Amsterdam architecture practice GG-loop, working with support from the Amsterdam office of multinational professional services firm Arup, has created a nature-forward modular building system dubbed “Mitosis.” As a parametric design tool that follows biophilic and user-centric design principals, the system reduces the negative impacts of buildings on human health.
With the announcement of the tool, GG-loop has also released hypothetical designs for two developments created using it. “Mitosis-XL and Mitosis-XS are two of the infinite possible solutions that the tool can provide,” explains GG-loop’s founder, Giacomo Garziano.
GG-loop’s stated goal was to create an architectural solution that could help answer the current global climate condition with a benchmark design to be used in the real estate and urban development sector. “By working with the natural environments rather than against it, the natural balance and health of the planet can be restored,” reads GG-loop’s statement about Mitosis.
“Mitosis” refers to the biological process of a single cell dividing itself into two separate but identical cells. “It represents the modularity and the long-term adaptation of the system and serves as a metaphor for a flexible co-living organism where each residential unit coexists in symbiosis with all the others and its environment,” according to GG-loop.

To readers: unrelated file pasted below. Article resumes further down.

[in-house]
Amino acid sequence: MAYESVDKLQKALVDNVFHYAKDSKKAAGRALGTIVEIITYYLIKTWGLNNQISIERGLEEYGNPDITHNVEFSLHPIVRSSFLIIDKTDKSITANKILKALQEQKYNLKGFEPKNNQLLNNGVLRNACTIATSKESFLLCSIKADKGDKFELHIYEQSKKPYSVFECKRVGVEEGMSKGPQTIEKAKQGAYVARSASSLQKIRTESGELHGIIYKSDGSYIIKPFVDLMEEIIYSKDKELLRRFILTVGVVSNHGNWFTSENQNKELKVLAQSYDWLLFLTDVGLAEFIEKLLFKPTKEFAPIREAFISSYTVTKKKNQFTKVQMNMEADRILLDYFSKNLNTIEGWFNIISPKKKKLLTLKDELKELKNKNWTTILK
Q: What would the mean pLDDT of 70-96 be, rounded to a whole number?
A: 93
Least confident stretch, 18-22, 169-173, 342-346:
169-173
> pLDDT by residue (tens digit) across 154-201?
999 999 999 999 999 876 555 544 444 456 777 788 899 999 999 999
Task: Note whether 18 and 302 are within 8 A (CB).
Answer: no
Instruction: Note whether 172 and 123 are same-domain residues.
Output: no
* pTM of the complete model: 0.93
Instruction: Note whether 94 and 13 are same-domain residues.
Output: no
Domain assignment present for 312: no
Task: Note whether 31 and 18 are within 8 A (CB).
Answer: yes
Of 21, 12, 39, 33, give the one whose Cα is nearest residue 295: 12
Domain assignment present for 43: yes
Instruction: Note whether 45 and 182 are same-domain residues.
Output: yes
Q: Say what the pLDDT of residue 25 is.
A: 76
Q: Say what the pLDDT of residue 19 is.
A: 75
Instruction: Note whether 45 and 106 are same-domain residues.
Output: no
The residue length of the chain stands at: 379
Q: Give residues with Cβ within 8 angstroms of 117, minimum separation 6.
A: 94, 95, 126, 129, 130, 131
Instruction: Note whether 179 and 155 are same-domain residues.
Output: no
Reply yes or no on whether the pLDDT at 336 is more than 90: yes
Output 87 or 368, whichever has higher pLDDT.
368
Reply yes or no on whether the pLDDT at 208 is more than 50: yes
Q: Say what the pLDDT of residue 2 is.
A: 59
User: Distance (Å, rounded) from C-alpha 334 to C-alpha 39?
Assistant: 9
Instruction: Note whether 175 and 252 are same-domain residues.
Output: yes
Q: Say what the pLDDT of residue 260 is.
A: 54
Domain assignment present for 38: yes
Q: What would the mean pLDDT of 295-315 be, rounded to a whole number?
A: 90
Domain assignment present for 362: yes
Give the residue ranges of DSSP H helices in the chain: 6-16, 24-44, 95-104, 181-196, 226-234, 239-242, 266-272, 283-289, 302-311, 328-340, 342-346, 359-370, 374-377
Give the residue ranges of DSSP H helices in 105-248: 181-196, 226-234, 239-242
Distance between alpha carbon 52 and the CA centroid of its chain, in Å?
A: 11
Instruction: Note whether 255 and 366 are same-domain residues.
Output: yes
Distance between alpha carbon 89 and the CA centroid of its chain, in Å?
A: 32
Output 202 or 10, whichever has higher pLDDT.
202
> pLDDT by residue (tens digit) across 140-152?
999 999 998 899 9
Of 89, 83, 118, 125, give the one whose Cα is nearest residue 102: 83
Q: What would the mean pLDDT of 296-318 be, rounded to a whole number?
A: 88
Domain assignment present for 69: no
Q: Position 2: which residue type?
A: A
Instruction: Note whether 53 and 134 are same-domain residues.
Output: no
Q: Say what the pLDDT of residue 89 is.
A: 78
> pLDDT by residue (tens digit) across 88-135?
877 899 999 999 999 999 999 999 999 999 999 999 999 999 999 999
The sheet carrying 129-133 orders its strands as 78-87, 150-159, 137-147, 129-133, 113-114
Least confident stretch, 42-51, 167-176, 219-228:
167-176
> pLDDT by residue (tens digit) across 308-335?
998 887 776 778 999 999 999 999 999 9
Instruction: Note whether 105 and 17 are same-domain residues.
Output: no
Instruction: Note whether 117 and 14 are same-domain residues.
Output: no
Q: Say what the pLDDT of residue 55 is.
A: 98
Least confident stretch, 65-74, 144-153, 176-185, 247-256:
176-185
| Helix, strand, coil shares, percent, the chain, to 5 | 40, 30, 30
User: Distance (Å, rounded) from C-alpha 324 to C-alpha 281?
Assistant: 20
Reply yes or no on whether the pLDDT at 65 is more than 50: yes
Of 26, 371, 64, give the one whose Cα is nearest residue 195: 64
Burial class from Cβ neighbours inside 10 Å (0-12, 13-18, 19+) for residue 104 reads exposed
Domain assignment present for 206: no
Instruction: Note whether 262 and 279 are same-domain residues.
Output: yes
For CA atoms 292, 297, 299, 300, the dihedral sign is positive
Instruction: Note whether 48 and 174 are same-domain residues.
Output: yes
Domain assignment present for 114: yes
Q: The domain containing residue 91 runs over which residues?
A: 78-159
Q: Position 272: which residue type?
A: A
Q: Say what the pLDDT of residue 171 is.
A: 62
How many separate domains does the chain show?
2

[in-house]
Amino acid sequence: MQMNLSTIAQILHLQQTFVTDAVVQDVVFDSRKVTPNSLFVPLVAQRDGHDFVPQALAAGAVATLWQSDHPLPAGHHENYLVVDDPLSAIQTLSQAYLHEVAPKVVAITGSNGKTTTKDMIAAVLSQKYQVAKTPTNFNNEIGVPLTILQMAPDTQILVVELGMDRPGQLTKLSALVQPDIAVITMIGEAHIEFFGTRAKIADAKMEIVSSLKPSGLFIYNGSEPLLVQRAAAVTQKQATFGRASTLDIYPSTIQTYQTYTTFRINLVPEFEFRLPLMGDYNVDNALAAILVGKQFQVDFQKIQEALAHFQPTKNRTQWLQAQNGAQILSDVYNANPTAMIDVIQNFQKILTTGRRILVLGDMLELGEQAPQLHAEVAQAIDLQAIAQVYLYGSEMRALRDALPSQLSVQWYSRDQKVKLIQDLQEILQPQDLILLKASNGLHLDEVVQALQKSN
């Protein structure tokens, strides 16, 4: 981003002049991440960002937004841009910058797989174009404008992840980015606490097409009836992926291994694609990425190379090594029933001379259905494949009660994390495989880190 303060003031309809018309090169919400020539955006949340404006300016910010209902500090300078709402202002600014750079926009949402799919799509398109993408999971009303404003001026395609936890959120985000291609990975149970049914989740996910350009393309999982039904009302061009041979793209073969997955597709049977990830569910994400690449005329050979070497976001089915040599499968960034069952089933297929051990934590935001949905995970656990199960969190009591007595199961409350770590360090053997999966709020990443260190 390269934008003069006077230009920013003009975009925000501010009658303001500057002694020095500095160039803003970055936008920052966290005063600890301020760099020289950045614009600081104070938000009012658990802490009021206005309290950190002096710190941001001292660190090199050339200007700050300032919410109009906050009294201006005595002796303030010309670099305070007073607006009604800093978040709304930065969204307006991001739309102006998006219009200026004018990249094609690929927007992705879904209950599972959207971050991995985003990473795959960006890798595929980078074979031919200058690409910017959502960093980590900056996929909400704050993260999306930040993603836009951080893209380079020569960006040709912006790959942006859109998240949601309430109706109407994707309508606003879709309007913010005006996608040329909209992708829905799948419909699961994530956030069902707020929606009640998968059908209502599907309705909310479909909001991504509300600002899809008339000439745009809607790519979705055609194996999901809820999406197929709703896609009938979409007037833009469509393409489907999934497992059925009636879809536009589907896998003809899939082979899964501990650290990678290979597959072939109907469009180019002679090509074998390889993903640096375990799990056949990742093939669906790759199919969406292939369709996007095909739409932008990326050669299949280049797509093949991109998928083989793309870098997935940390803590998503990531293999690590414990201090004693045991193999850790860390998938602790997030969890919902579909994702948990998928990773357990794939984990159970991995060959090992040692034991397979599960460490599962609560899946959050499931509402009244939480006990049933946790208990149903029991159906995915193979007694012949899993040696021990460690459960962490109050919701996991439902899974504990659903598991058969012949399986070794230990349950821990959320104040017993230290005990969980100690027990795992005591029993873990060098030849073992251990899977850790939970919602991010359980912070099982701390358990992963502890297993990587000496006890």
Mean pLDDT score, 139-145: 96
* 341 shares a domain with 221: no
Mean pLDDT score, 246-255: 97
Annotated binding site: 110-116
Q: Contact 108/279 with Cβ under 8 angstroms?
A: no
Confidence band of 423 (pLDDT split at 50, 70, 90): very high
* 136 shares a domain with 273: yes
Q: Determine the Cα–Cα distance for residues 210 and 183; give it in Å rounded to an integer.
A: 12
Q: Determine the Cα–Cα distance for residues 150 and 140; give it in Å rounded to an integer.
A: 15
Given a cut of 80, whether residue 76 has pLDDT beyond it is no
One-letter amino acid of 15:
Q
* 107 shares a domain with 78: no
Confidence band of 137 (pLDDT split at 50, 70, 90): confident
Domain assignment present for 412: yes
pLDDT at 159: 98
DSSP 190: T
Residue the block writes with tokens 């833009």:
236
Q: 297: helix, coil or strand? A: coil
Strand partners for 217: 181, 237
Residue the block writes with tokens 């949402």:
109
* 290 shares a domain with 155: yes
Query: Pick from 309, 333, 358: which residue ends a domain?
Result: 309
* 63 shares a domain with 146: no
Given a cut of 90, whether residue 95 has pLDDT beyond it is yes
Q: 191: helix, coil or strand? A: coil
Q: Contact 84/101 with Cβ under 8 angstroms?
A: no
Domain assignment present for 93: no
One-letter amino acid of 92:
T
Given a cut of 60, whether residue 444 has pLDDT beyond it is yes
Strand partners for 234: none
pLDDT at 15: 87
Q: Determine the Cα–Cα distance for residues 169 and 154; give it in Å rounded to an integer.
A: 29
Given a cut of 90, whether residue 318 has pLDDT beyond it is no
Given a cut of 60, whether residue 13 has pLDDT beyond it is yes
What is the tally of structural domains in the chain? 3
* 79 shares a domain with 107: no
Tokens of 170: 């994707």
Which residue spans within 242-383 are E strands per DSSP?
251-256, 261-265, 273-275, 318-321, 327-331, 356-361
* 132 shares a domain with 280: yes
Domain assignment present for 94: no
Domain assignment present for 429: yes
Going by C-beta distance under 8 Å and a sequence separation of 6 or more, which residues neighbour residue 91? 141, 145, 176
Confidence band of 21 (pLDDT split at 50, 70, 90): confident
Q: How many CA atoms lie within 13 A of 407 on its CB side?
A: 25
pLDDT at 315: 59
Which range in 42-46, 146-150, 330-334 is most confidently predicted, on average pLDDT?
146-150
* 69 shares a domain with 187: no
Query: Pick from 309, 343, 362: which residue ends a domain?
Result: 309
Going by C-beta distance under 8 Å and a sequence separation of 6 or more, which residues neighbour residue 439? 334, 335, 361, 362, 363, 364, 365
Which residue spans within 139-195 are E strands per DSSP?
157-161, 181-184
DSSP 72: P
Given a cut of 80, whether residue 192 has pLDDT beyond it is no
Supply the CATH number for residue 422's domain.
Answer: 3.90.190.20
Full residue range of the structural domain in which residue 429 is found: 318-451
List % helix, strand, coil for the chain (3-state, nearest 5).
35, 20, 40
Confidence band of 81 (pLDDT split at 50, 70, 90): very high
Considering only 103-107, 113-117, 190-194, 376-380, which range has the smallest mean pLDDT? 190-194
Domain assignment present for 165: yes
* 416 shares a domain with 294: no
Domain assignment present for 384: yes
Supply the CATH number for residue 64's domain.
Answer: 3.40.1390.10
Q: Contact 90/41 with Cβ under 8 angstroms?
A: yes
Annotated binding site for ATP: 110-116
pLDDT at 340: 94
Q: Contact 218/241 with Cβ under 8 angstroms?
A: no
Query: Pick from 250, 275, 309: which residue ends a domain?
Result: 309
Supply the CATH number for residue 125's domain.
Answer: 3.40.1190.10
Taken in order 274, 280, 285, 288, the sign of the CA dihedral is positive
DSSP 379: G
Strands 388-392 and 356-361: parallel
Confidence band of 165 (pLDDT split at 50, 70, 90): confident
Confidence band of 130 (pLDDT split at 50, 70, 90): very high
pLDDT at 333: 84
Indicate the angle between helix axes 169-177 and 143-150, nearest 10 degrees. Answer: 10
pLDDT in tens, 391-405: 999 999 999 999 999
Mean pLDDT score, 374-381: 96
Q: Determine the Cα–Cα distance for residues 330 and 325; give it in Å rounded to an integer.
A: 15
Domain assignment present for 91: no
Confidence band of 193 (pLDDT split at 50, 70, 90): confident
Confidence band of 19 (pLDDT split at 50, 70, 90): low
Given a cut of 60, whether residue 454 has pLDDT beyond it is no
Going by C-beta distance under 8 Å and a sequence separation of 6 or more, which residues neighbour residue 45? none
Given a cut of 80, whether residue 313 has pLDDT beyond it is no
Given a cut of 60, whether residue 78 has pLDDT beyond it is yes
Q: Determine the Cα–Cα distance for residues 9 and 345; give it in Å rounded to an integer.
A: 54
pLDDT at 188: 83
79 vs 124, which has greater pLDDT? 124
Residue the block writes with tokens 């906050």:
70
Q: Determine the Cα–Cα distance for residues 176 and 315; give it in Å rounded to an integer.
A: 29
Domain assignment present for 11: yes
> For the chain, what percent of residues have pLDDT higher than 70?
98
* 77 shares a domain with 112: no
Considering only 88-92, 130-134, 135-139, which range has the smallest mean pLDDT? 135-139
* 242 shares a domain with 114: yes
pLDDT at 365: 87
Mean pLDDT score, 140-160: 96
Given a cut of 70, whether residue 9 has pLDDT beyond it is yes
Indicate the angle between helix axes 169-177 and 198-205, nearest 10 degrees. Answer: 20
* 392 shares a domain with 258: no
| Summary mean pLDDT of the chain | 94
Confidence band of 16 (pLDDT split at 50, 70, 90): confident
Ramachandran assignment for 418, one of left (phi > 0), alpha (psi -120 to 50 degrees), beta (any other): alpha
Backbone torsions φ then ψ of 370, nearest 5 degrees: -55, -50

In the press release about the tool, Garziano, explains that the Mitosis system “aims to support the daily uses and the tasks of the inhabitants, in order to promote direct and indirect contact with nature. We aim to generate a healthy, emotional, and productive habitat for rest, work, and living.” Human health and well-being are also fostered through the materials used and layouts of interior and exterior spaces, according to GG-loop.
The Mitosis parametric modeling tool works with building information modeling 3D software. The system calculates volumes and internal layouts for individual sites to optimize for a number of specific conditions, including solar radiation, wind impact, privacy, population density, common spaces index, and vertical connections. Using the modules, the tool can be used to create a range of building options, including single-family homes or high-density, mixed-use urban clusters that include shopping, office, and residential space.
The modules are constructed with prefabricated timber and biologically based, cost-efficient materials. These materials capture carbon and use resources more efficiently than more traditional construction materials, according to GG-loop.
Each module is a rhomboid in footprint so that as they are stacked together, they also create large areas for outdoor living. Vertical connections are placed externally to create a sense of privacy for residents within their own outdoor terraces even as the modular system maximizes outdoor living opportunities.
The designs include exposure to shared green areas, tiny forests, and vertical gardens that cascade from buildings — or whatever ecosystems and biodiversity are appropriate for the climate and location of a specific site. While these plantings reduce the heat island effect of a development and foster emotional well-being for people, the benefit of integrating nature into the design is a two-way street: “Our vision … creates a built environment that restores and nurtures its surroundings,” Garziano says.
The ultimate goal of a Mitosis design is to create a net-positive built environment, with each site producing more energy than it consumes, according to the company.